To get Maytag blue cheese, either stop by The Cheese Company, at 735 South Colorado Boulevard, and pay about $14 a pound (they've promised me they'll have it on hand, and if there's a run on it, they can get more within a day), or you can call Maytag directly at 1-800-247-2458 and order it by the pound ($13.35 for two eight-ounce wheels or $20.65 for a two-pound wheel). I've found that it takes two days for them to deliver it to Denver, and the $5 shipping-and-handling charge covers as many pounds of it as you want to have delivered to one address--so it makes sense to go in on a few wheels with some friends, especially with the holidays coming up.
Although I like my Maytag unadorned, it's also fun to cook with, particularly when you follow this recipe from the Farmhouse Cookbook. Author Susan Hermann Loomis visited farms all over the country, including the Maytag spread, and wrote fascinating accounts of their day-to-day workings and the food that comes out of them. The Maytag recipe in her book comes from Maytag's own recipe book, which got it from family friend Fran Lozano. You can use it as a dip for veggies or chicken wings or drizzle it over greens--or, if you're like me, you can just grab a spoon and dig in.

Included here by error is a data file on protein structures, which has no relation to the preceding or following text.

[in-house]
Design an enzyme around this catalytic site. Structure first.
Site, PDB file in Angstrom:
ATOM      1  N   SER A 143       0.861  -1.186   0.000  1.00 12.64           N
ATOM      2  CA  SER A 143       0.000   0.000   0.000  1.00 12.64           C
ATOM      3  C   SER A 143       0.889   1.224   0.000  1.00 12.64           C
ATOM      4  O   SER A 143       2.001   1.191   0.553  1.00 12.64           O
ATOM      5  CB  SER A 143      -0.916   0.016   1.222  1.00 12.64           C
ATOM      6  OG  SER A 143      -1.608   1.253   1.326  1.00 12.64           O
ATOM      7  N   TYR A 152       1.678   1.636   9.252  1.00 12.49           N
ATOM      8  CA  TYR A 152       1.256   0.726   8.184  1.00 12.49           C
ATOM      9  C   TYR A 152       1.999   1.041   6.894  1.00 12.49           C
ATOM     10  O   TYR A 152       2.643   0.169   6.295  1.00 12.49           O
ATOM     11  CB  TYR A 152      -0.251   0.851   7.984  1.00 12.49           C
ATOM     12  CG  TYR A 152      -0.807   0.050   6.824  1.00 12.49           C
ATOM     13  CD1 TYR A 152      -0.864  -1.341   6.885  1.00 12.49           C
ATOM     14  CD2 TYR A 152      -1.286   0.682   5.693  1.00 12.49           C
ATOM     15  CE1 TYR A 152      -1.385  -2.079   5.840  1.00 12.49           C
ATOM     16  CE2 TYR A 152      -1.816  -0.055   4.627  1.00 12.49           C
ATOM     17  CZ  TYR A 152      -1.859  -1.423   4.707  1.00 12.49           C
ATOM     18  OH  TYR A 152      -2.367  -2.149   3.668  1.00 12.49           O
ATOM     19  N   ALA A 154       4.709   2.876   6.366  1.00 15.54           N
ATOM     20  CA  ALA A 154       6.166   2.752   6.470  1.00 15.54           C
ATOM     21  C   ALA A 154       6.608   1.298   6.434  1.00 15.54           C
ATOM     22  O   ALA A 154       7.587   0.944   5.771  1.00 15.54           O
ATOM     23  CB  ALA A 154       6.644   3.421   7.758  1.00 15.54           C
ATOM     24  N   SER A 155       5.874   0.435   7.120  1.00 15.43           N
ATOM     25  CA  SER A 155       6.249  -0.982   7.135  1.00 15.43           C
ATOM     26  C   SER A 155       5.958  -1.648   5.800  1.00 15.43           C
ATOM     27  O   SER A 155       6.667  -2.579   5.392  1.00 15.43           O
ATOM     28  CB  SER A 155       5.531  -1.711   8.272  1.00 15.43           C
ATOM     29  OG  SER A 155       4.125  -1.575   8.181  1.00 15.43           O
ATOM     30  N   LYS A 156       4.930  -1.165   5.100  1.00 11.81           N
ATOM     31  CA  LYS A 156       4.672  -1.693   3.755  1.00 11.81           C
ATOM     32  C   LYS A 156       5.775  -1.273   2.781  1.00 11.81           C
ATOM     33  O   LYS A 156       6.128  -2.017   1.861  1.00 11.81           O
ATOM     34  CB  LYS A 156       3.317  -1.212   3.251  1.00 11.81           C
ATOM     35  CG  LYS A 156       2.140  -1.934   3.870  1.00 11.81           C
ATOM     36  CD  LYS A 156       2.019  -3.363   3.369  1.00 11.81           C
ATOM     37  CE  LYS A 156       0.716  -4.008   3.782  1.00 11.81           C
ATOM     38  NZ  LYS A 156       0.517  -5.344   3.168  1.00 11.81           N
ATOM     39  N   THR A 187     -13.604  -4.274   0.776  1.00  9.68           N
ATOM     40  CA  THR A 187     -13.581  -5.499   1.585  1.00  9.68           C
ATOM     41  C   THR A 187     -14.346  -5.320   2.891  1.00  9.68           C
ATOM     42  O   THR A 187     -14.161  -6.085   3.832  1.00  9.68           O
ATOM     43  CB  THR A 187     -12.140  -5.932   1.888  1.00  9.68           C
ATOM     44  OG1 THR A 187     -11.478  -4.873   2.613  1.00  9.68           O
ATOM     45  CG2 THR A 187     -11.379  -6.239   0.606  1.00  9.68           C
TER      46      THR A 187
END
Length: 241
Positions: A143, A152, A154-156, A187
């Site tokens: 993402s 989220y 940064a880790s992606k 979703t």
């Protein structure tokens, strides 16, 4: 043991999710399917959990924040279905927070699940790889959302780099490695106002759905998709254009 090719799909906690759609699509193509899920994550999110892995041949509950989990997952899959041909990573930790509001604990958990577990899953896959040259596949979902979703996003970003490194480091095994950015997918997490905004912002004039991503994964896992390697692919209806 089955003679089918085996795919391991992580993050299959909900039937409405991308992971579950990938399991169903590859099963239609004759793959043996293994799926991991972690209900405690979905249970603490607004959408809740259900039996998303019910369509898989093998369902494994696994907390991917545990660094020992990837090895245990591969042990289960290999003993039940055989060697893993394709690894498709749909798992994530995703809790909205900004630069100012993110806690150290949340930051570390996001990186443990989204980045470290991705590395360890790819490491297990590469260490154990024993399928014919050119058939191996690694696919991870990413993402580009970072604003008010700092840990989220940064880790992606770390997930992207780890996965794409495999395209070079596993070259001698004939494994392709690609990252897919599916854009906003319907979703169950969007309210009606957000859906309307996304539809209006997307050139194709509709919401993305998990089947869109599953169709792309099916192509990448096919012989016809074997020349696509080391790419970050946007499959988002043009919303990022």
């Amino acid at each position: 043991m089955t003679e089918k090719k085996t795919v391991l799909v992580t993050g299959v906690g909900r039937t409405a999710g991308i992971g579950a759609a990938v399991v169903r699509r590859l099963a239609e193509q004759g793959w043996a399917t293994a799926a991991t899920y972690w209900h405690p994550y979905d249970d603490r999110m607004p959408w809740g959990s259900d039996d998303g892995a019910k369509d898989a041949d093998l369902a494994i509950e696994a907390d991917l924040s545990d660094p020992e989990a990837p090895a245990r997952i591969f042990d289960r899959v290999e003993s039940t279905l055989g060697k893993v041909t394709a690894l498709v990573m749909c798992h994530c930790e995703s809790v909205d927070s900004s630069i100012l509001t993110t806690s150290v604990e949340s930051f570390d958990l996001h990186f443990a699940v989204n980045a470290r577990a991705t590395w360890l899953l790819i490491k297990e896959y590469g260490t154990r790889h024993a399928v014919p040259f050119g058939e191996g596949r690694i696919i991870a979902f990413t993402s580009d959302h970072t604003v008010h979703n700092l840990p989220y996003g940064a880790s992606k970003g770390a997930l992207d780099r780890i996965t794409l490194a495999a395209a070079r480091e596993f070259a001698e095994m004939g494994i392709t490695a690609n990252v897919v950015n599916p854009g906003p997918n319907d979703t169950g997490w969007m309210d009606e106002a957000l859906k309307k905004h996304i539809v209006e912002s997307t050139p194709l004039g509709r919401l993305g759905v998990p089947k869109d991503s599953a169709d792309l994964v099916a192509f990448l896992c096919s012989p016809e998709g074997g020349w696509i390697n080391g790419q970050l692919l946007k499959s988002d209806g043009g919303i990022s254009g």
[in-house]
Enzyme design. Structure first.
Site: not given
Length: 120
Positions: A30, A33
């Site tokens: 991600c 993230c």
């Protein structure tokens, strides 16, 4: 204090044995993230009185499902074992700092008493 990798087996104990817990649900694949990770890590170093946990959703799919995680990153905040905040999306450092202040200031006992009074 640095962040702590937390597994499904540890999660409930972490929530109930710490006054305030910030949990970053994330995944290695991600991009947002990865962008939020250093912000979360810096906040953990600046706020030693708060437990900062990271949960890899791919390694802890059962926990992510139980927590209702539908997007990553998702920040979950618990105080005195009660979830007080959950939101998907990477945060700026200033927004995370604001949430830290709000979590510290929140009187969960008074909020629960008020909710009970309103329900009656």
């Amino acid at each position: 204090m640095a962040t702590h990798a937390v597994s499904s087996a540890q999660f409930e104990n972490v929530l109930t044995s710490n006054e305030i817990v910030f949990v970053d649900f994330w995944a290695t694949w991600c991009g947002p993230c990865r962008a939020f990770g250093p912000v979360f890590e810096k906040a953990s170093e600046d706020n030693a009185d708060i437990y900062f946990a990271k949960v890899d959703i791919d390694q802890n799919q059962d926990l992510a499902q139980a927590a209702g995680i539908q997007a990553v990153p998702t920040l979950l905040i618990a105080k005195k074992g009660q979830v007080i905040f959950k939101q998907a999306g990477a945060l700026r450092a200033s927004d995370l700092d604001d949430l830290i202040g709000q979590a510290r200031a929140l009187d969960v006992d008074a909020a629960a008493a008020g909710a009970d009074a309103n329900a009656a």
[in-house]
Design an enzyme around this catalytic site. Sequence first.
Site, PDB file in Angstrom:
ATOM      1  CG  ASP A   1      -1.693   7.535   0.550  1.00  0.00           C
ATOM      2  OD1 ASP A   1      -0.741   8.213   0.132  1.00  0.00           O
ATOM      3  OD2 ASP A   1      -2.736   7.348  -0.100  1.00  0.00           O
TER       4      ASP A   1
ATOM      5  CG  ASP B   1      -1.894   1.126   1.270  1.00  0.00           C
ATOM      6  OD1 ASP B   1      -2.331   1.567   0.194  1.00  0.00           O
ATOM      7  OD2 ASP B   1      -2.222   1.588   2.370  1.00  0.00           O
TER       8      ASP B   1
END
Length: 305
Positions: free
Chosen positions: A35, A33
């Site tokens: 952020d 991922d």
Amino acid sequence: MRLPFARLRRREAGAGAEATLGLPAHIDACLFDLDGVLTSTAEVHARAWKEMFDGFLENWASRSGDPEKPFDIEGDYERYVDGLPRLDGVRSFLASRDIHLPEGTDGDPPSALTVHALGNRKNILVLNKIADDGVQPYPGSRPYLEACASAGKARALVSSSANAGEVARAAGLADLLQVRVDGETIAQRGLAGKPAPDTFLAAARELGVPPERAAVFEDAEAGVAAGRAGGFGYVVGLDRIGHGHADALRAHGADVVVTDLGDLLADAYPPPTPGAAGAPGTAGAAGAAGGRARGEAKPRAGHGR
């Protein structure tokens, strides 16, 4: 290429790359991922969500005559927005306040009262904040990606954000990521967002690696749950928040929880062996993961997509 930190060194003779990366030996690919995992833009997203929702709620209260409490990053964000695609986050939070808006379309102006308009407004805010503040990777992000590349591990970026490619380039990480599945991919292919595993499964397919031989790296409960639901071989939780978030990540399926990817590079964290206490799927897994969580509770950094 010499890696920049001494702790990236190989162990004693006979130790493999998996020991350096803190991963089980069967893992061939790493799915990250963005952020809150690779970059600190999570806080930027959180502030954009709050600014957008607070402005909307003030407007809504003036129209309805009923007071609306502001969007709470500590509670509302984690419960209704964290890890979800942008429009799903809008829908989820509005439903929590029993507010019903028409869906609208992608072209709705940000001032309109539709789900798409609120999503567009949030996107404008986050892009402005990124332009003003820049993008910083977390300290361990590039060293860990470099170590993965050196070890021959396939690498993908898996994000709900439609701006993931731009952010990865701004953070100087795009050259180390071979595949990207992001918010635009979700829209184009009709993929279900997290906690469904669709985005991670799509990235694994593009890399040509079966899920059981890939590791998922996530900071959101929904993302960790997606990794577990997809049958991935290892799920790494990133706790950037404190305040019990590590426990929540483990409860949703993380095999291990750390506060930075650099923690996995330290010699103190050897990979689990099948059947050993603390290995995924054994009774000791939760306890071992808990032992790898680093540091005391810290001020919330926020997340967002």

Fran Lozano's Zest Blue Cheese Dressing
(reprinted with permission from the Farmhouse Cookbook)
2 oz. Maytag blue cheese, crumbled
1/4 cup mild vegetable oil, such as canola or safflower
1 tsp. grated lemon zest
1 Tbsp. fresh-squeezed lemon juice
1 cup sour cream
1/2 tsp. salt
1-2 cloves garlic, peeled and minced
Place all ingredients in a food processor. Process using short pulses until the ingredients are thoroughly mixed but there are still some lumps of blue cheese. Refrigerate for at least one hour to mellow the flavors; remove the dressing from the refrigerator at least thirty minutes before serving. This recipe makes 1 1/2 cups of dressing, which is enough to generously dress six salads. The leftovers will keep, covered, for three to four days in the refrigerator.